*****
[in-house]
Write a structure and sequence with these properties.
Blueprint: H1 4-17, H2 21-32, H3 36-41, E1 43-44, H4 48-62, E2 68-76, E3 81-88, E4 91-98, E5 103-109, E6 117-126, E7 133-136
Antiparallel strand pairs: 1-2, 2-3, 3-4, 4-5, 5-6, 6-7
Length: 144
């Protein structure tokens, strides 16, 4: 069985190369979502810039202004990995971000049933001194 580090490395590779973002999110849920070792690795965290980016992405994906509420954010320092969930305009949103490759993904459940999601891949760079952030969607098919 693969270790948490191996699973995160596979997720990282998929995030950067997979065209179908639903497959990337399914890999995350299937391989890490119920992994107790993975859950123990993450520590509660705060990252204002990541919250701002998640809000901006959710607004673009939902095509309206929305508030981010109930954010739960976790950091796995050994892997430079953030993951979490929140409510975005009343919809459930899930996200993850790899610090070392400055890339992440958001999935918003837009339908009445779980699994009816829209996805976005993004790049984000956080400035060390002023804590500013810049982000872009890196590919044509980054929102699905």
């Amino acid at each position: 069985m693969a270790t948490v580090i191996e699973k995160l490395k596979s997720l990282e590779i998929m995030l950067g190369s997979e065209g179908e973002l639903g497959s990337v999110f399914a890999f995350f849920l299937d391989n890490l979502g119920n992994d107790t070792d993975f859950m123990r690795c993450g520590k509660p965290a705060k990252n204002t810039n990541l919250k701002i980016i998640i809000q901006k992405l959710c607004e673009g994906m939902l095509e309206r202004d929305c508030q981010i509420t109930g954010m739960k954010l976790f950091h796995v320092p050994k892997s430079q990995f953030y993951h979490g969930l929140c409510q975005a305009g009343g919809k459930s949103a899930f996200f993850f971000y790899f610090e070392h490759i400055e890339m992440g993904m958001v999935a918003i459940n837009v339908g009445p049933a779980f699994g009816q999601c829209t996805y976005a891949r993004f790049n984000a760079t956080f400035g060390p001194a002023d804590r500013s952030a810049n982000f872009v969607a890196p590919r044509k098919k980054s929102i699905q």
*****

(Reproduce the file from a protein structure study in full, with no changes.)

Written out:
[in-house]
Write a structure and sequence with these properties.
Blueprint: H1 4-17, H2 21-32, H3 36-41, E1 43-44, H4 48-62, E2 68-76, E3 81-88, E4 91-98, E5 103-109, E6 117-126, E7 133-136
Antiparallel strand pairs: 1-2, 2-3, 3-4, 4-5, 5-6, 6-7
Length: 144
């Protein structure tokens, strides 16, 4: 069985190369979502810039202004990995971000049933001194 580090490395590779973002999110849920070792690795965290980016992405994906509420954010320092969930305009949103490759993904459940999601891949760079952030969607098919 693969270790948490191996699973995160596979997720990282998929995030950067997979065209179908639903497959990337399914890999995350299937391989890490119920992994107790993975859950123990993450520590509660705060990252204002990541919250701002998640809000901006959710607004673009939902095509309206929305508030981010109930954010739960976790950091796995050994892997430079953030993951979490929140409510975005009343919809459930899930996200993850790899610090070392400055890339992440958001999935918003837009339908009445779980699994009816829209996805976005993004790049984000956080400035060390002023804590500013810049982000872009890196590919044509980054929102699905």
């Amino acid at each position: 069985m693969a270790t948490v580090i191996e699973k995160l490395k596979s997720l990282e590779i998929m995030l950067g190369s997979e065209g179908e973002l639903g497959s990337v999110f399914a890999f995350f849920l299937d391989n890490l979502g119920n992994d107790t070792d993975f859950m123990r690795c993450g520590k509660p965290a705060k990252n204002t810039n990541l919250k701002i980016i998640i809000q901006k992405l959710c607004e673009g994906m939902l095509e309206r202004d929305c508030q981010i509420t109930g954010m739960k954010l976790f950091h796995v320092p050994k892997s430079q990995f953030y993951h979490g969930l929140c409510q975005a305009g009343g919809k459930s949103a899930f996200f993850f971000y790899f610090e070392h490759i400055e890339m992440g993904m958001v999935a918003i459940n837009v339908g009445p049933a779980f699994g009816q999601c829209t996805y976005a891949r993004f790049n984000a760079t956080f400035g060390p001194a002023d804590r500013s952030a810049n982000f872009v969607a890196p590919r044509k098919k980054s929102i699905q």